Lindy pro staff angler Charlie Nelson of Duluth, Minnesota, isn’t afraid to invade aquatic jungles in search of walleyes. When walleyes forage for perch, shiners and other baitfish in submerged weeds, Nelson digs them out with Lindy Spinner Rigs.
Nelson often plucks walleyes from cabbage weeds in the St. Louis River, which flows into Lake Superior. He employs several techniques that will work elsewhere for fishermen that are willing to tackle the greenery.
“A lot of guys won’t fish in the weeds because you’ve got to constantly pick the stuff off your spinners,” Nelson says. “It’s a pain, but that’s where the walleyes are.”
New Lindy Spinners
The New Lindy Spinners with willow leaf blades are Nelson’s go-to rigs when he fishes weeds. He favors the smaller No. 4 size blade because it mimics the perch and shiner minnows walleyes eat in the St. Louis River.
However, there are times when walleyes prefer a hard-thumping Colorado blade. When that happens, Nelson ties on a New Lindy Spinner with a small No. 3 Colorado blade. Little blades spin at slower speeds, Nelson claims. He typically pulls his spinners at 1.3 to 1.5 mph.
As for blade colors, Nelson does well with the lifelike Perch, Natural Perch and Shiner patterns. They perfectly match the baitfish walleye feed on in the St. Louis River. Lindy also offers patterns that match a wide variety of forage fish, including Alewife, Shad, Fathead, Golden Shiner, Purple Smelt, Rainbow Smelt and more.
Nelson dresses his spinners with crawlers 75 percent of the time and with leeches the other 25 percent. Leeches usually come into play during midsummer when the water warms and walleyes relate to weed edges near deep water.
Boards and Flatlines
When Nelson fishes spinners in weeds with two other anglers, he usually runs four planer boards off the sides of the boat and two flatlines off the transom. The inside boards are typically 15 feet from the boat. The outside boards are 30 feet out. By keeping the boards close, they can be pulled in quickly when the spinner snags a weed, which is a frequent nuisance.
“My boards are rigged with Tattle Flags,” Nelson says. “The flags tell me when a spinner has snagged a weed.”
Shimano 8 1/2-foot medium action trolling rods, Shimano line counter reels and 20-pound monofilament handle Nelson’s spinner-pulling duties. He prefers monofilament because the trolling board’s release holds it better than it does a thin diameter superline, such as FireLine.
The weeds in the tannic-colored water of the St. Louis River grow to a depth of 5 to 6 feet. How much, if any, weight Nelson adds to his spinner rigs depends on how high the weeds stand above the bottom.
When the weeds are no more than 2 feet tall, Nelson pulls his Lindy spinners behind 3-ounce bottom bouncers. Since the vegetation isn’t thick at this stage, the bottom bouncer clears a path through the weeds for the spinner.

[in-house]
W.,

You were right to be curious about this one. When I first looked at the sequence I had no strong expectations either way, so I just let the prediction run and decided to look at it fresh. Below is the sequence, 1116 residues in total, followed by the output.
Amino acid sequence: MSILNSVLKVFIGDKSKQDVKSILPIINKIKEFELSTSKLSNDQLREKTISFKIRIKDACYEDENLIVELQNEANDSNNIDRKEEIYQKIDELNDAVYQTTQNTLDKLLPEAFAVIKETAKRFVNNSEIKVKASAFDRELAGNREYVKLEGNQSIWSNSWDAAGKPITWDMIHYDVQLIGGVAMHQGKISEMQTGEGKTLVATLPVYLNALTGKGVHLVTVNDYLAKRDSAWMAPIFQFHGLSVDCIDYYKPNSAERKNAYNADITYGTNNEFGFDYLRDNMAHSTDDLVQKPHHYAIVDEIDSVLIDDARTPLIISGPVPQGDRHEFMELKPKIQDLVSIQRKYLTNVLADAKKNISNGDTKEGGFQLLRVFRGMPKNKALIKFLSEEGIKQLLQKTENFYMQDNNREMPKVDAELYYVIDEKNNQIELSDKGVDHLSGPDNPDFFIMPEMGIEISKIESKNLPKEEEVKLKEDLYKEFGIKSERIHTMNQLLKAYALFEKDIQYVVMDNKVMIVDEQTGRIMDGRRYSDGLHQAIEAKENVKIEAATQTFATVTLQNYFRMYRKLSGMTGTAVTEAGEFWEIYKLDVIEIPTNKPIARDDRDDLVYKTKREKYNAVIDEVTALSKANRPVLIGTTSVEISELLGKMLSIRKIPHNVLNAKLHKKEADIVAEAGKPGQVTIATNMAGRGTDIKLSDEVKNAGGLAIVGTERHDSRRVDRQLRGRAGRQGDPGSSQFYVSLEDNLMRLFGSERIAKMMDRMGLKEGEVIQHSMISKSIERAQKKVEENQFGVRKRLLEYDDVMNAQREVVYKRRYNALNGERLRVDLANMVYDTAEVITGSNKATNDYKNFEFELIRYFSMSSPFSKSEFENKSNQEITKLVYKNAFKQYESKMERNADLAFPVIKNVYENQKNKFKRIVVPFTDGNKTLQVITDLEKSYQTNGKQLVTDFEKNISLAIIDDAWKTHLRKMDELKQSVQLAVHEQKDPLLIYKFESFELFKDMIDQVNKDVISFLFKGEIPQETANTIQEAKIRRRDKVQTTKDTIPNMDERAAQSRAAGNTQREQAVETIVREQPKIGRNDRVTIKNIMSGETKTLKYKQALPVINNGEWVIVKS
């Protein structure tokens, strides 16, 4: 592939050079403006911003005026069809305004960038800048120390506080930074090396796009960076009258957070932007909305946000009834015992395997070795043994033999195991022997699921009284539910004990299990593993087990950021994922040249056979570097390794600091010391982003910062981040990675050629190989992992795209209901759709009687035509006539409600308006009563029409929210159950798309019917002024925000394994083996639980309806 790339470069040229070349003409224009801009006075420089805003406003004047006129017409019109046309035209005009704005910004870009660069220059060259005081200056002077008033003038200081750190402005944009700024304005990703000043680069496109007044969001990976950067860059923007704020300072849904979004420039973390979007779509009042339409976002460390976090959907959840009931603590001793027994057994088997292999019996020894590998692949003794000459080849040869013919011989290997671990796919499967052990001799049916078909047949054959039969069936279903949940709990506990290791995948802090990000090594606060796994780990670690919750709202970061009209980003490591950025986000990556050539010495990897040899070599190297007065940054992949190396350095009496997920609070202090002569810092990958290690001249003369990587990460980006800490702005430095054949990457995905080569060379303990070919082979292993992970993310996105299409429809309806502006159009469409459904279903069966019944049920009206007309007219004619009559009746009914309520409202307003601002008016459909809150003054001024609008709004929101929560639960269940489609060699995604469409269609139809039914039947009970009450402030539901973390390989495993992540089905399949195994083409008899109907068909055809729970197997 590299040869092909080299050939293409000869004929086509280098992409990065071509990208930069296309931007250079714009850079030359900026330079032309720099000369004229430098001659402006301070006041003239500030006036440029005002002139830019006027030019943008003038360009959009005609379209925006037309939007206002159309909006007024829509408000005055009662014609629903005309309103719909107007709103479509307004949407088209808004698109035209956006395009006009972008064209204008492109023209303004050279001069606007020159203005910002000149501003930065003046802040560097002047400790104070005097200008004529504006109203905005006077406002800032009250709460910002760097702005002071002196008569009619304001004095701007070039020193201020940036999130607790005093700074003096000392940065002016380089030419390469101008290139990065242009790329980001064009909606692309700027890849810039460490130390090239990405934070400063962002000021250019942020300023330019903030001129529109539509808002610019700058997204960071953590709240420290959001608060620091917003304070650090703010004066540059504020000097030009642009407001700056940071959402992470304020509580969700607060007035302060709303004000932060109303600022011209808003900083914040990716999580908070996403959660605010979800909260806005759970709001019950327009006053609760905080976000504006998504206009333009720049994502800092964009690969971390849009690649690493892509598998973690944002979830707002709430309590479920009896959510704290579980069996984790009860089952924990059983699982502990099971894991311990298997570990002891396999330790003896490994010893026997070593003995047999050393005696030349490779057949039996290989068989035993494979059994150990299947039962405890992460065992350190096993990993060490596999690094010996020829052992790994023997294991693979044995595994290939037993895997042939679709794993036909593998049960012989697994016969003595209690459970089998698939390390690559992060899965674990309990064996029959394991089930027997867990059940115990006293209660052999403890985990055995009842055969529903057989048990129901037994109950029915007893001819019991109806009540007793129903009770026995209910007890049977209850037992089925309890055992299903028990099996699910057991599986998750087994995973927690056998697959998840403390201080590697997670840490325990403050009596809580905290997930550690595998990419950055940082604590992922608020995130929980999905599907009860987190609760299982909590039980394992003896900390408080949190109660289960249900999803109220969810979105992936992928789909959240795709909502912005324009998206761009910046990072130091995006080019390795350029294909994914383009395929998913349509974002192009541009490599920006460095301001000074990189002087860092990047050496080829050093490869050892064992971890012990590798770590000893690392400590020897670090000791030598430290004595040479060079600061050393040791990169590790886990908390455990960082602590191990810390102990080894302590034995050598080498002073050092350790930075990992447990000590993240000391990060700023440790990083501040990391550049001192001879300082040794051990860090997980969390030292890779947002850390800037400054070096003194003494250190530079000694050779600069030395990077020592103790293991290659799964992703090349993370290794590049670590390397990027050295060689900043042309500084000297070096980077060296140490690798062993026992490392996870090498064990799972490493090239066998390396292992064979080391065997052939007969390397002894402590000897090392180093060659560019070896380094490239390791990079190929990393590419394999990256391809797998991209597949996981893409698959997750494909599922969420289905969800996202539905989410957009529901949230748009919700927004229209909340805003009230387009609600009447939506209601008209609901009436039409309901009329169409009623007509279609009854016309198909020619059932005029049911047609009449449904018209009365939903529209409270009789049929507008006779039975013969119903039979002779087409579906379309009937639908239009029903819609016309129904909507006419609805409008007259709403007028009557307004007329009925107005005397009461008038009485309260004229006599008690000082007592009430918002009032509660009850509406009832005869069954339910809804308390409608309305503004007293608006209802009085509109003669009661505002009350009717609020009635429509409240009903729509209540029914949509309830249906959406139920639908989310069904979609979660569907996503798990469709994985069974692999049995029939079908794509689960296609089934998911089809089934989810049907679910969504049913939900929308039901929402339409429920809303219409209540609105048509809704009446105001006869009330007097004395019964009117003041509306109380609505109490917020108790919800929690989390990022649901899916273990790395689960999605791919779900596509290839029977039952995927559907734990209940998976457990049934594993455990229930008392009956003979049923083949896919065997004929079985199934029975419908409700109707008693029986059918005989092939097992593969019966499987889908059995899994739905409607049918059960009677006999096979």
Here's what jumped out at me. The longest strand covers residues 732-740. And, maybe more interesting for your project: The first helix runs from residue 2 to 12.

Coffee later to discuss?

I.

As the weeds grow taller, they become too thick to be brushed aside by the bottom bouncer. Nelson counters by attaching one or two No. 7 split shot to the line in front of the spinner rig. This gets the spinner deep enough to clip the top of the weeds.
When the weeds grow to within 2 feet of the surface, Nelson forgoes the split shot and pulls his Lindy spinners with no additional weight. Nelson lets out 30 feet of line behind the boards and the flatline rods when using weight. He lengthens that to 40 feet when he pulls spinners without weight.
“I start out pulling spinners along the outside edges of the weeds in the morning,” Nelson says.
During the low, early morning light, walleyes typically feed along weed edges. The edge bite can hold up throughout the day under overcast conditions, especially when a breeze blows into the weeds.
The walleyes move deeper into the weeds when the sun gets up, and Nelson goes right in after them. It’s a chore to keep picking weeds off the spinners, but the work pays off with walleyes that run from 18 to 27 inches.
“It’s a blast catching a big walleye in shallow water,” Nelson says. “They pull harder when they can’t go deep.”
The last hurrah for catching walleyes from within the weeds, and not on the weed edge, happens when the vegetation grows within inches of the surface. Trolling is no longer effective then, so Nelson casts Lindy Spinner Rigs into the weeds without any weight.
For the casting presentation, Nelson switches to a 7-foot St. Croix medium-action spinning rod and a Shimano reel filled with 10-pound test FireLine, which has the diameter of 4-pound monofilament.
“You do your best to snake the spinner through the weeds,” Nelson says. “If you can keep the spinner clean for three quarters of the retrieve, you’ll catch some walleye.”
Eventually, the weeds grow to the surface and become too thick to penetrate with spinner rigs. Because this happens during the heat of the summer, the walleyes relate to weed edges near deep water. They feed along the weed wall in the morning and drop into deeper water for the remainder of the day.
The weed edge is visible at this time, and it forms a vertical wall along the edge of the drop-off. Nelson trolls along this edge while keeping one of his outside boards as tight as possible to the weeds. He typically catches the walleye 4 to 6 feet deep along the weed edge in the morning.
“Two No. 7 split shot is enough to get my spinners down to the walleye with 50 feet of line out,” Nelson says.
When the sun pushes the walleyes deep, Nelson puts his spinners away. He continues to catch them by trolling Lindy Shadling crankbaits in deeper water.